We can only ever know what God is willing to reveal. He knows the beginning from the end, and He works all things together for good to those who love Him. Knowing God is knowing enough. In Christ all wisdom is found (Colossians 2:3). Why are we not content with this alone? Our human desire is to know more; God’s desire is for us to know HIM more. If we knew what God knows, we would choose His will every time. We doubt what we can’t see and believe what we do see. Jesus said those who believe without seeing are blessed (John 20:29).
God’s Truth is not to be found in our feelings, but always in His unfailing Word. God’s promises are unlimited but we limit them with our doubt and unbelief. Numbers 23:19 says, God is not human, that he should lie, not a human being, that he should change his mind. Does he speak and then not act? Does he promise and not fulfill? Let these words deflate doubt and undo unbelief. Read it and believe it! We kick out the doubt with faith, which comes through God’s Word.
The solution to unbelief is to ask God for help (Mark 9:23-24). Doubt derails and discourages us. Saturating ourselves in Scripture slams the door on doubt and discouragement. God’s presence eclipses every one of our struggles.
Christ followers are called to the same purpose every day—to take up the cross and lay down their lives. In denying ourselves, we can truly rely on Christ and His resurrection power. If my life is in my hands then the cross cannot be (Mark 8:34). Our goal is eternity, therefore our focus should be the same. It’s not our circumstances we need to be in touch with, but the Savior Himself. On our journey with the Lord, may He become greater while we become less.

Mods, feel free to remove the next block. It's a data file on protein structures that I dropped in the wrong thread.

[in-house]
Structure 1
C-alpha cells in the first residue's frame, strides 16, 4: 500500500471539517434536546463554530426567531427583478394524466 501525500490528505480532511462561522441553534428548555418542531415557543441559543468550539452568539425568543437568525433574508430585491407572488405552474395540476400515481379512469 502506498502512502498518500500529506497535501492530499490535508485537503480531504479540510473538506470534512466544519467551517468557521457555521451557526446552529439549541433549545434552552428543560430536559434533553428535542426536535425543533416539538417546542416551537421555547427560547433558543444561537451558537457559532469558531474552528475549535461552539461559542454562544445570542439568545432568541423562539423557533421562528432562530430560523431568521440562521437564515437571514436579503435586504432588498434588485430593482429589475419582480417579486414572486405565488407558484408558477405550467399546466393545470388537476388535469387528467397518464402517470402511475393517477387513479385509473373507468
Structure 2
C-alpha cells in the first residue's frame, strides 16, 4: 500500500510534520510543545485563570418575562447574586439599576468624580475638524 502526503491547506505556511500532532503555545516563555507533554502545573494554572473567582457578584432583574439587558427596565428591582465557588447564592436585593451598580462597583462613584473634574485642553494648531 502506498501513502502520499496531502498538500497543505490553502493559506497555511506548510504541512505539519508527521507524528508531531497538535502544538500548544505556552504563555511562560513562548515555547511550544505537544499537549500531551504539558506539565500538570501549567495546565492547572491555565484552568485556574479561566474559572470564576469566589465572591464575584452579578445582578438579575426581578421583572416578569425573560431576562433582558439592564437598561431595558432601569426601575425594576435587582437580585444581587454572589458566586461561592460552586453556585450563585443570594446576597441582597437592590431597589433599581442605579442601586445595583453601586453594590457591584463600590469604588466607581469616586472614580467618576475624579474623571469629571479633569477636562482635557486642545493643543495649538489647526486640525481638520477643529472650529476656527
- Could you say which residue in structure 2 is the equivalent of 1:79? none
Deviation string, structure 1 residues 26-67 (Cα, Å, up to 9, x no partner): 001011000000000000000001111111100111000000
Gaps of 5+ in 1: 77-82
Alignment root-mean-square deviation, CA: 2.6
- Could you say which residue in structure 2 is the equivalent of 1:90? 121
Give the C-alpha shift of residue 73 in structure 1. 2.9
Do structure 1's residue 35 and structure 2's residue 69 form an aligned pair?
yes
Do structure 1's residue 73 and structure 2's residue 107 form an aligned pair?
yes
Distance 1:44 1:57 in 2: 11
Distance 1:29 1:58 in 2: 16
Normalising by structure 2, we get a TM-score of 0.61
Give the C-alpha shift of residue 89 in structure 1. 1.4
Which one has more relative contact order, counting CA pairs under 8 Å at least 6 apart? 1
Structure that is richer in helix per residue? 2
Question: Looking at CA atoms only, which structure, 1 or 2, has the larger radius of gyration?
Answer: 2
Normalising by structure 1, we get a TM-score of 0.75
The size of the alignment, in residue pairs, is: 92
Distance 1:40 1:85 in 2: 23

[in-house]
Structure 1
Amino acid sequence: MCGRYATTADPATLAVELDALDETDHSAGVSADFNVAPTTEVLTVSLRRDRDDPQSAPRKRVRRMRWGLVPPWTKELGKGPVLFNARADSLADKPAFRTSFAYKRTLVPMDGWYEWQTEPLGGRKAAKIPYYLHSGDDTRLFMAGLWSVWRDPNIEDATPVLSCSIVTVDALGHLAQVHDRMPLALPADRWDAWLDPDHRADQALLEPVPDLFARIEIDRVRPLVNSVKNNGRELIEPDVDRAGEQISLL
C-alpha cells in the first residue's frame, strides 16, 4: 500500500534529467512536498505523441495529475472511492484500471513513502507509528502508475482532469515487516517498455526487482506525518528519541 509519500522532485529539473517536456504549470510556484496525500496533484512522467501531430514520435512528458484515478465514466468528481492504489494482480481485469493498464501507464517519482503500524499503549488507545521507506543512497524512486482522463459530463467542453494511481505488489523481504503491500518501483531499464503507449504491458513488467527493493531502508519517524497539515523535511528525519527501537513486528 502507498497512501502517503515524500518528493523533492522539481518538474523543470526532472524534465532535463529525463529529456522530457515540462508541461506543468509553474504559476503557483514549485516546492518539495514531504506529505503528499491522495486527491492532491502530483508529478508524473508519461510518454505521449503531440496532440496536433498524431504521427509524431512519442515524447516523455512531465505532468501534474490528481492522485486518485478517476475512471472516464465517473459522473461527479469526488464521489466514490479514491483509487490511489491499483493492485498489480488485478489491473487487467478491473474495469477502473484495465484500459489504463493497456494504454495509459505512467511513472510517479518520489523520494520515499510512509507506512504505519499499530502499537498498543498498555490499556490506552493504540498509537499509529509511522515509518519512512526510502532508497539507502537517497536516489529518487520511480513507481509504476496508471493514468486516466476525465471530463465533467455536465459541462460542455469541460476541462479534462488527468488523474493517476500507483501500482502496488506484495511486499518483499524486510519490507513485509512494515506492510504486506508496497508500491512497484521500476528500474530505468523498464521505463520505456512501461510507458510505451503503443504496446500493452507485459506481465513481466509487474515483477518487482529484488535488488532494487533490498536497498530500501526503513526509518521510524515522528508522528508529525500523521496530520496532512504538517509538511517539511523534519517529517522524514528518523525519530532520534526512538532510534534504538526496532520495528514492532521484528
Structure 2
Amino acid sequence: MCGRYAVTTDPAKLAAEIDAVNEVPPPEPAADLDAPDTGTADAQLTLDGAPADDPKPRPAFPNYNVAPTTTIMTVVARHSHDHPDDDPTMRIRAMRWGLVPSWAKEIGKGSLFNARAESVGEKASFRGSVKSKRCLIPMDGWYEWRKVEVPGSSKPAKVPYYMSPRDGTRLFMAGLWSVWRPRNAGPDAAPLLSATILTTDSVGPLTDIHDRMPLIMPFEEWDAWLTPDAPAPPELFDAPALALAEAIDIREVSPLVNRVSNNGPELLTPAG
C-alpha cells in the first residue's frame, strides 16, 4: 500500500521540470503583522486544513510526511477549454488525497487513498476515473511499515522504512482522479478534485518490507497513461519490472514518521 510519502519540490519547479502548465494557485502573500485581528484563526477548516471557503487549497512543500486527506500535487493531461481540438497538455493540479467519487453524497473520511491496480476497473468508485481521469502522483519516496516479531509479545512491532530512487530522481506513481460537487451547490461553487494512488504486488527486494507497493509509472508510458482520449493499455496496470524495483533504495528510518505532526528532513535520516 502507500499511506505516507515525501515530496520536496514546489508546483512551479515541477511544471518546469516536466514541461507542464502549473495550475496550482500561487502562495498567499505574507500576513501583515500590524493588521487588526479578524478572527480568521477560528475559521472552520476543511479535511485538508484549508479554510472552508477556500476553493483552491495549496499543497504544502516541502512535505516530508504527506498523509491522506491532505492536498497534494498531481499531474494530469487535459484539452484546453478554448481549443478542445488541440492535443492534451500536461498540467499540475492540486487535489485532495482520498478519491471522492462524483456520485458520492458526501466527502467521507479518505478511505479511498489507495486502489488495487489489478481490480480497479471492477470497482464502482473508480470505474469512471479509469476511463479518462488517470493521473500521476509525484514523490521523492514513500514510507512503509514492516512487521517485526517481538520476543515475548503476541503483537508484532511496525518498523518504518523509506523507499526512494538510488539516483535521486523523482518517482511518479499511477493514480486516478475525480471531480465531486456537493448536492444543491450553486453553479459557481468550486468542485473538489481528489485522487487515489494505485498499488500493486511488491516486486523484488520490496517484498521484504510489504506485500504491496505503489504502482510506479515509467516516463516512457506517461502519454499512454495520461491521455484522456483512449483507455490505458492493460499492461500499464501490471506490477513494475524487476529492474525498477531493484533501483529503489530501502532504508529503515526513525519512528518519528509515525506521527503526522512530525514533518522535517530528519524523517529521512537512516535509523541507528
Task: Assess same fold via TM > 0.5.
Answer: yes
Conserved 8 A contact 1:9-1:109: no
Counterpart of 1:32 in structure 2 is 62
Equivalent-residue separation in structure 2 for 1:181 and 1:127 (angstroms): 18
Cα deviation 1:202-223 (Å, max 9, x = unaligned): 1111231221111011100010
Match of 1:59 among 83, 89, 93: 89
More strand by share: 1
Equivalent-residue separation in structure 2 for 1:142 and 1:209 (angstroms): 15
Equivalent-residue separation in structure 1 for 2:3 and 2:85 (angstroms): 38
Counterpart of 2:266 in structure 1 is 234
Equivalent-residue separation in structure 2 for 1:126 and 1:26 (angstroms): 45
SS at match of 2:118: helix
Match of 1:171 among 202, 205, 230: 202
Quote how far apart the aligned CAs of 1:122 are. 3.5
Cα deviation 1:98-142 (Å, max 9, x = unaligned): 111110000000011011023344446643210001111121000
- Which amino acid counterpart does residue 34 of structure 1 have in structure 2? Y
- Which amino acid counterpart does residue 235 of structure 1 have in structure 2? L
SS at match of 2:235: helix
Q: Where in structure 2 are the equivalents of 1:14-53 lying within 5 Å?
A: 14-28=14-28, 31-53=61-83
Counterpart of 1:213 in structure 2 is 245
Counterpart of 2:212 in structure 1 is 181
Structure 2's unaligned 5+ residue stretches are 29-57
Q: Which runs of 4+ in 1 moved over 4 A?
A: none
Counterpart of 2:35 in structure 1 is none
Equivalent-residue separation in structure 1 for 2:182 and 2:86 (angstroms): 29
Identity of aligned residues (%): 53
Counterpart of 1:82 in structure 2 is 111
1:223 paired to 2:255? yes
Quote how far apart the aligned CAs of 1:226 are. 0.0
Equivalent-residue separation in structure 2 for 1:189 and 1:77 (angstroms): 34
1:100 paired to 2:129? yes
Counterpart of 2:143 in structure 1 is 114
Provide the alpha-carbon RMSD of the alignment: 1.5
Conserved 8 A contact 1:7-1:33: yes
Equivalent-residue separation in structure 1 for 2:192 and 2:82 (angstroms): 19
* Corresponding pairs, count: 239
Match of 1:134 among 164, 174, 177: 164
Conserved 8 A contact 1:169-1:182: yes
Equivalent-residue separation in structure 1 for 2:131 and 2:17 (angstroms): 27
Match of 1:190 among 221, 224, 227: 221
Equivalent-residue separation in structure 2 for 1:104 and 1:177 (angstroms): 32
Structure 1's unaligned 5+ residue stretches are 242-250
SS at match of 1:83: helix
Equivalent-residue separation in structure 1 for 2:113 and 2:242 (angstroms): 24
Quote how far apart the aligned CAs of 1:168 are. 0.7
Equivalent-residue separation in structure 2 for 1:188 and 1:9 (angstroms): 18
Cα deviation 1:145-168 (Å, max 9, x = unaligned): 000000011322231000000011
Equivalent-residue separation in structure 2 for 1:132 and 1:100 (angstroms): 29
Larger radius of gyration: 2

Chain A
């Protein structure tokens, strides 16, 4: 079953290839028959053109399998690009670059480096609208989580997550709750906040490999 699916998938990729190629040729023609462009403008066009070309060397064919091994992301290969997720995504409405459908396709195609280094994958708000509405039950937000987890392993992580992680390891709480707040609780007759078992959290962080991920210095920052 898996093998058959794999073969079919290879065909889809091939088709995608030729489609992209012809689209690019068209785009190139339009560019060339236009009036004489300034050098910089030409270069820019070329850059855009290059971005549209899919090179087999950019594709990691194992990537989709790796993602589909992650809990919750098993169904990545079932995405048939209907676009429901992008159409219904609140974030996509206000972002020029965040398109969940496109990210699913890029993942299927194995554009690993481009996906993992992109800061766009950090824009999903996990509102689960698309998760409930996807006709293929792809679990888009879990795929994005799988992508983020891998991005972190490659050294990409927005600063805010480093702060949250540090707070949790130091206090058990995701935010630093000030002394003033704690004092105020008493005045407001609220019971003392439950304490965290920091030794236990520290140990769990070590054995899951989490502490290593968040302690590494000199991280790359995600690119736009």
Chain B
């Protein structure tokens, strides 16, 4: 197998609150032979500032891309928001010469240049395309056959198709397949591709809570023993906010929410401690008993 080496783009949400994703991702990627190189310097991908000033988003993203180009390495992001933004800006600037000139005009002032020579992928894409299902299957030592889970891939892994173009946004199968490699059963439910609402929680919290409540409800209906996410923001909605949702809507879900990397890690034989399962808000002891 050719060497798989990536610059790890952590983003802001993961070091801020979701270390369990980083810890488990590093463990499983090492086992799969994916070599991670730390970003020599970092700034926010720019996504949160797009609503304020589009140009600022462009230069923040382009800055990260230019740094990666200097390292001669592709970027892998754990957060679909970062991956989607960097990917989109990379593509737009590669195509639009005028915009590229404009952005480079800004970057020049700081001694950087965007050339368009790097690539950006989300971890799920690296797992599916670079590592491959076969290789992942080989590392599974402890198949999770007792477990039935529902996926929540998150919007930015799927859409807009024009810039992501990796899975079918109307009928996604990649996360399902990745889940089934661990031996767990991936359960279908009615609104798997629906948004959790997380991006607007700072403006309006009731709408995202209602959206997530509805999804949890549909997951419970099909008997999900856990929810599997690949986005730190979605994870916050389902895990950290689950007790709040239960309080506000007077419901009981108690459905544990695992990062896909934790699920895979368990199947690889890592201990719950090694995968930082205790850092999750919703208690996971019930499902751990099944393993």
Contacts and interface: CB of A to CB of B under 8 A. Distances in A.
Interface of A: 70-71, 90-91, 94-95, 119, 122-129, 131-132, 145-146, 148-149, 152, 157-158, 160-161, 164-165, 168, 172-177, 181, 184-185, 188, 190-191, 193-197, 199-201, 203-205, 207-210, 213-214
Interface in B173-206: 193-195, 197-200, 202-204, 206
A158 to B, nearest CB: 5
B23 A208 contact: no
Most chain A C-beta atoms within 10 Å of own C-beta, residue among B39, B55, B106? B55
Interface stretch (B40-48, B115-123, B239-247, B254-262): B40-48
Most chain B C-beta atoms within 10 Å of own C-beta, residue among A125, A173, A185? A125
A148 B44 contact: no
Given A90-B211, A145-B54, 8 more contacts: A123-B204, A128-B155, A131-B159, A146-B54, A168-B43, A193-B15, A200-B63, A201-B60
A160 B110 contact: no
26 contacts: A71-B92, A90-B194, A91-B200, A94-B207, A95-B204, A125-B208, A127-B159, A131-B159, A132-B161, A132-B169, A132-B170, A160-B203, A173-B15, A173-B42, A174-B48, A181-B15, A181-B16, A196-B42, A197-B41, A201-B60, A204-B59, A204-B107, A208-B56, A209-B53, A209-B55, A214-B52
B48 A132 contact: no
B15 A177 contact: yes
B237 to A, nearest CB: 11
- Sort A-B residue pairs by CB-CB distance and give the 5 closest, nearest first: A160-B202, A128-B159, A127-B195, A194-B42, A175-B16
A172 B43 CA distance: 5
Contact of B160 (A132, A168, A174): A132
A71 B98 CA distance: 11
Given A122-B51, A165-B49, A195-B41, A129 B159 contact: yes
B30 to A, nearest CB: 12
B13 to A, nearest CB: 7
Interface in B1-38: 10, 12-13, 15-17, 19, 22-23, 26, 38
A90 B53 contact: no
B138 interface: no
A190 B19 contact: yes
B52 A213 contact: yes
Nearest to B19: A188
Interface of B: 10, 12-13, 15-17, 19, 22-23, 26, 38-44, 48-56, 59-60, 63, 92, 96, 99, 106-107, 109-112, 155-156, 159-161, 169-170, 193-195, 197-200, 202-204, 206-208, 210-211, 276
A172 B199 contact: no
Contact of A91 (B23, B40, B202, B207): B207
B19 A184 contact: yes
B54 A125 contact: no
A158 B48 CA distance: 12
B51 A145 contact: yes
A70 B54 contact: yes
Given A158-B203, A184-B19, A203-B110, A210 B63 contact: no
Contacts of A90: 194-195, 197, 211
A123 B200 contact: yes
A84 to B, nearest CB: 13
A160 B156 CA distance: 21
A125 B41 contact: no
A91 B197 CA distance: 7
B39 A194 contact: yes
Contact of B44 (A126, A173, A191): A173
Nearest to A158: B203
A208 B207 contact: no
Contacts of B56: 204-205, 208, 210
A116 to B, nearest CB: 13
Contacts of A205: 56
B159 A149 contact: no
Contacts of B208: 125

Read: Isaiah 45:9; John 3:30; 2 Corinthians 4:18; 1 Timothy 6:6-7
Kelly Russell was raised in a military family, traveling around the world. She now lives in Melbourne Fla., where she and her husband serve in the leadership of their church. Kelly's heart is to encourage people with passion and conviction through the gift of words.
by Debra Neybert, Training Specialist
He tends his flock like a shepherd: He gathers the lambs in his arms and carries them close to his heart; he gently leads those that have young. Isaiah 40:11
This scripture is a beautiful expression of the nurturing heart of God. The Lord gathers us in His arms, He carries us close to His heart, and He gently leads us.
When God created us, He gave us amazing revelation into His nature. He first made man in His image, and then caused the man to fall into a deep sleep and took one of the man’s ribs to make woman. (Genesis 2:21-22).
Both male and female were created in God’s image and likeness; Eve’s female identity contained attributes that reflected the female/mothering image of God. We often emphasize the heart of the Father, but do not always perceive the Lord as one who expresses Himself through the nurturing heart of a woman.
We all need the love of a mother and a father. But in a fallen world, that need is not always satisfied. The scripture above is a precious word picture of the tender and gentle love the Lord wants us to experience in intimacy with Him. It is a healing love that brings us to life in our inner most being!
Jesus used a nurturing image of Himself when He compared His deep concern for His people with that of a mother hen for her chicks. He said, in reference to Jerusalem: “How often I wanted to gather your children together as a hen gathers her chicks together…” Luke 13:34
The Lord celebrates and cherishes women. He carefully crafts each one to reveal His mothering heart, a heart that fills all the voids, that nourishes, satisfies, delights in, comforts, and provides peace.
In this season may you experience His arms around you, carrying you close to His heart.